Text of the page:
BMW charges U.S. faster: Together with EVgo, the German carmaker will expand the ‘ChargeNow DC Fast’ in the States. 500 more rapid-chargers across the U.S. will join the existing 100 stations in California by 2018. 50 will be installed this year already. BMW i3 drivers can use the network free of charge for two years after purchase. We do wonder why BMW has not launched initiative of a similar scale on its home market yet…
greencarcongress.com, transportevolved.com, insideevs.com
Charging COP21: Renault-Nissan will install 90 new charge points in and around Paris together with EDF, Schneider Electric, Aéroports de Paris, the Paris municipality and transport agency SNCF. They will power the electric shuttle service set up for delegates of the UN climate change negotiations (we reported).
Electric cabs in Canada: Montreal officially unveiled the announced electric taxi fleet. Operated by Téo, Nissan Leafs, Kia Soul EVs and Tesla Model S will hit the road next week. Only 500 selected users will be able to book the cars during a trial run until March 2016. After that, the 50-car strong fleet will be available to the public and is expected to grow to 2,000 taxis by 2019.
Fastned for cities: Five fast-charging stations will be installed in The Hague by next year. The Dutch infrastructure provider says that more cities are to follow.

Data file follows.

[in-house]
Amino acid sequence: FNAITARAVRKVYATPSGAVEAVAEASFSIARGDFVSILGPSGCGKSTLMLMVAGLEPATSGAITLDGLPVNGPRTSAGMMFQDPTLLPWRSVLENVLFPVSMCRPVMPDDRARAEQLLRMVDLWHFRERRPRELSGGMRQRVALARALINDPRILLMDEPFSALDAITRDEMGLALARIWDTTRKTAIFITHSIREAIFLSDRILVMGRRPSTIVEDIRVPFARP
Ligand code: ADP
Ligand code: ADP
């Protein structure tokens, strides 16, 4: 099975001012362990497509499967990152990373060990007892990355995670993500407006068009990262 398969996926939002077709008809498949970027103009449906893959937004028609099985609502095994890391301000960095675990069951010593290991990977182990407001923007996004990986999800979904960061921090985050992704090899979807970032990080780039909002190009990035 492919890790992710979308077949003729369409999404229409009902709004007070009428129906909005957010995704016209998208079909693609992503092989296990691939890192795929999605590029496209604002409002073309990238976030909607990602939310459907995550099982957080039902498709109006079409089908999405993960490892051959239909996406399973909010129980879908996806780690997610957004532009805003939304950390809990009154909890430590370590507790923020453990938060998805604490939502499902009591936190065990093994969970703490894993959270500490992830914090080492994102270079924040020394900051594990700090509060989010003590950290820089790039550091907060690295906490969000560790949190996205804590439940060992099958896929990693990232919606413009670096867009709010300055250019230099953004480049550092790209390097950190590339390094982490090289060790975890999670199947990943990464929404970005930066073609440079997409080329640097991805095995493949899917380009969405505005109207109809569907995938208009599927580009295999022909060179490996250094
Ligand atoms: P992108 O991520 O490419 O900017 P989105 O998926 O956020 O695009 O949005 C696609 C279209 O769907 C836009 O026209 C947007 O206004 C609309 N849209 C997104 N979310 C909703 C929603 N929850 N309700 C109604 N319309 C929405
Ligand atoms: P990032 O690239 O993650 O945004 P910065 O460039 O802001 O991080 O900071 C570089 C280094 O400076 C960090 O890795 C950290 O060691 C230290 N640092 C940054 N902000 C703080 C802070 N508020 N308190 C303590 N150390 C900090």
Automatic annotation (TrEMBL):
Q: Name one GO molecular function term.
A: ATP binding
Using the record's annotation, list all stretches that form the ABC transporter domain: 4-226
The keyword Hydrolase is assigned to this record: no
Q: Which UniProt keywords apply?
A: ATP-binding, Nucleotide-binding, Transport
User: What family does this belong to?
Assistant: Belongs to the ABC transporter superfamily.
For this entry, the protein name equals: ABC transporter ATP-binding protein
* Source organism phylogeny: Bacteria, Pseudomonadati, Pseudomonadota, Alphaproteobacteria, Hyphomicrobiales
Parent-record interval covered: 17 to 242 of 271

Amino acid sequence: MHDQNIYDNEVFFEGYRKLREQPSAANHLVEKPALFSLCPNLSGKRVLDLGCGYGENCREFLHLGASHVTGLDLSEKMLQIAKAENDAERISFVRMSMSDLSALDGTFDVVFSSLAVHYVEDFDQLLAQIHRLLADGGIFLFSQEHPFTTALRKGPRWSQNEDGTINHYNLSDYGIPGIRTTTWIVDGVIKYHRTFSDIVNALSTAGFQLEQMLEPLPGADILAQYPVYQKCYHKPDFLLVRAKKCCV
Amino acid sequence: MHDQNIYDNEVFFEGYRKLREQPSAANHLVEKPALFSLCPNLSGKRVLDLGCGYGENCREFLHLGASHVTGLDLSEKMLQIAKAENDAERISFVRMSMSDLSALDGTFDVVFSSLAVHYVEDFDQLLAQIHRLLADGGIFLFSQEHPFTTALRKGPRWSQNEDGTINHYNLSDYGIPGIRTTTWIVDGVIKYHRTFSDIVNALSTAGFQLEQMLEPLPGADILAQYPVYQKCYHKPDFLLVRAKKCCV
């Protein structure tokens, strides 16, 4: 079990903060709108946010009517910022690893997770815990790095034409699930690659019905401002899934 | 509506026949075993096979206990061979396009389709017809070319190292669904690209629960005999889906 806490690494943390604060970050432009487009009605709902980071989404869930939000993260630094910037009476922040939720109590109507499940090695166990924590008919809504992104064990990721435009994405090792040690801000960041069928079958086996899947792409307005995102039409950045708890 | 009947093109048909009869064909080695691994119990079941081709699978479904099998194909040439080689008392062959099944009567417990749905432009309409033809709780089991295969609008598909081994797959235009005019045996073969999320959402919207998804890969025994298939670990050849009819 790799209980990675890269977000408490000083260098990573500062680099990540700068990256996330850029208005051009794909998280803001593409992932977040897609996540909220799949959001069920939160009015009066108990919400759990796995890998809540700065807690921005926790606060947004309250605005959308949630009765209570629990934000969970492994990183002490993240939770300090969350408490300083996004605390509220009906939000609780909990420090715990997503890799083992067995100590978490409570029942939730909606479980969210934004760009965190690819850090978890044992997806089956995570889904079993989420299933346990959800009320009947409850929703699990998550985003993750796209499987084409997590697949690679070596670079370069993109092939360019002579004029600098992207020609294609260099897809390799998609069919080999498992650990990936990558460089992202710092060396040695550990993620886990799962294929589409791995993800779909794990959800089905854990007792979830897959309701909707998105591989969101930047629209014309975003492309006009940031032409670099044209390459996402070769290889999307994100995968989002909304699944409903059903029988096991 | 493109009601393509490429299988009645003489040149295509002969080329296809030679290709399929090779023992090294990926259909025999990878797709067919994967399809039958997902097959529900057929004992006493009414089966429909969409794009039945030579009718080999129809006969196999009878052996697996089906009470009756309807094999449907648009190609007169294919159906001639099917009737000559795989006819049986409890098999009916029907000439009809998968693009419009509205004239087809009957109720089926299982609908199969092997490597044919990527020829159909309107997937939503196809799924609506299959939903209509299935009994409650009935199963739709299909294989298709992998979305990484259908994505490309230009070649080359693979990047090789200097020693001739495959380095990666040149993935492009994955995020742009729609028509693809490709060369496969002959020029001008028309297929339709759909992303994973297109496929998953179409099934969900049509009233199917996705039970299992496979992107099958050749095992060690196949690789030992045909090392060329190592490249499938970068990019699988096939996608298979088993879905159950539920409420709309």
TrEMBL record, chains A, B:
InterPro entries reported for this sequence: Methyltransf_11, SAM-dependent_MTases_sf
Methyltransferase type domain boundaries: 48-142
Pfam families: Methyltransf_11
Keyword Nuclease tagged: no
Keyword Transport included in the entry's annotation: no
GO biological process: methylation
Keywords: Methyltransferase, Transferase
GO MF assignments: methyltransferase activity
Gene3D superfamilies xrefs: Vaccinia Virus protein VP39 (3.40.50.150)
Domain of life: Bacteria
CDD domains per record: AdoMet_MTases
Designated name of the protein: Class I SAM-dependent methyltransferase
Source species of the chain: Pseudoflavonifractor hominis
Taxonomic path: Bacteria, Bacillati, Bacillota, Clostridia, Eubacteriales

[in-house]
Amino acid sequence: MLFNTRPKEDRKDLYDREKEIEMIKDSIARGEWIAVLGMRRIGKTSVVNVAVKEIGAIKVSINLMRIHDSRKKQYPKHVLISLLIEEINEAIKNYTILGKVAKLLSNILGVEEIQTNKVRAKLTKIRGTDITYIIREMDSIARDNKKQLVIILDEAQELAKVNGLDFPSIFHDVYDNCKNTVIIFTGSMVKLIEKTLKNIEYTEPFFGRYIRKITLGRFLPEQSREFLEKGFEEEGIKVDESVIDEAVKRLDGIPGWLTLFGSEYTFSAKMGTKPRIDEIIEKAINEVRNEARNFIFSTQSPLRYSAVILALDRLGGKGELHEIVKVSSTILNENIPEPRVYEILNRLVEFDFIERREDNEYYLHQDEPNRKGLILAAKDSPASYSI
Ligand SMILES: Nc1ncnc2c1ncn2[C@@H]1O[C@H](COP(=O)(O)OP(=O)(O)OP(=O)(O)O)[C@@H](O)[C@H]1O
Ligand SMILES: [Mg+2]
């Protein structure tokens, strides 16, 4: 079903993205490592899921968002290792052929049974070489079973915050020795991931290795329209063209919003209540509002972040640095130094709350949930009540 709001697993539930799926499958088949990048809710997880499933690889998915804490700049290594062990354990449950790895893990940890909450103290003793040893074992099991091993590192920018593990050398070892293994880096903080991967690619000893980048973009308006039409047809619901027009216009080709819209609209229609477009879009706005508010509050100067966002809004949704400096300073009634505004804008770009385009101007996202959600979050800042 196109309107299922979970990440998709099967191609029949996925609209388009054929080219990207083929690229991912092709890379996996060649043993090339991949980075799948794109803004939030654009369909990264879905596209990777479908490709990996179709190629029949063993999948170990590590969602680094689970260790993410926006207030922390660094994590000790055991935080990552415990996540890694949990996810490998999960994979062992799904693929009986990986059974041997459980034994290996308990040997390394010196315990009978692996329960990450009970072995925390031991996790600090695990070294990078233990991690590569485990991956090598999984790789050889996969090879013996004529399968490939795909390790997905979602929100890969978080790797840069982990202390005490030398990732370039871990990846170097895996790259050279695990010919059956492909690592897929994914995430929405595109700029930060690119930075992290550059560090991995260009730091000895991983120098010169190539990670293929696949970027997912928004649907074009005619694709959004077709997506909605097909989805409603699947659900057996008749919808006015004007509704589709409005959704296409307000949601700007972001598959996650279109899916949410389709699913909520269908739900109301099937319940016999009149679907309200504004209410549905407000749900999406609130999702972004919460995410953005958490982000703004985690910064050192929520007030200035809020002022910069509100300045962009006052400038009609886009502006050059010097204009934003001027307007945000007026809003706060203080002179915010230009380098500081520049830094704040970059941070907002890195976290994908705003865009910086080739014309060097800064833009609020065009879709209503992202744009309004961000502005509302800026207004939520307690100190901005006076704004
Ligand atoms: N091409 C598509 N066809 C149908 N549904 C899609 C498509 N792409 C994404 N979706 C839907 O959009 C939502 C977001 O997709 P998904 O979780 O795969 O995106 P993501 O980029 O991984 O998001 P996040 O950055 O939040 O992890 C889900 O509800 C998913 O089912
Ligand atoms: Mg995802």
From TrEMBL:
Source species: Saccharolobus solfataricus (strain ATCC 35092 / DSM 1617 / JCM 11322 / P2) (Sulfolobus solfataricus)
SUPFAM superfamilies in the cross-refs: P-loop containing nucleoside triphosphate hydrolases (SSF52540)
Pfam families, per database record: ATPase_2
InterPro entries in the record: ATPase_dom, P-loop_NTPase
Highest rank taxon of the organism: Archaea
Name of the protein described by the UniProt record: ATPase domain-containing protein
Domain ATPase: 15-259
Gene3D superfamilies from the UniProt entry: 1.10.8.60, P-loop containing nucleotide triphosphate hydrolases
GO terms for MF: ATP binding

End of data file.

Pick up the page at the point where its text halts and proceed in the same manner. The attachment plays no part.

An additional two million dollars will be poured into Connecticut’s CHEAPR programme that offers a cash rebate of up to 3,000 dollars to buyers of an electric, hydrogen or plug-in hybrid vehicle. Since the programme was launched in May, 278 such vehicles have been purchased or leased.
Electric emergency service: The North East Ambulance Service in Britain adds five Nissan Leaf to its fleet, replacing five conventional gas guzzlers. They will be charged at nine charging points said to be capable of smart charging installed by Dutch ICU.
England charged: Cumbria will see the installation of 14 rapid-charging points. They are part of a total of 24 stations to be installed across the region by the Middlesex-based firm APT Control Group.
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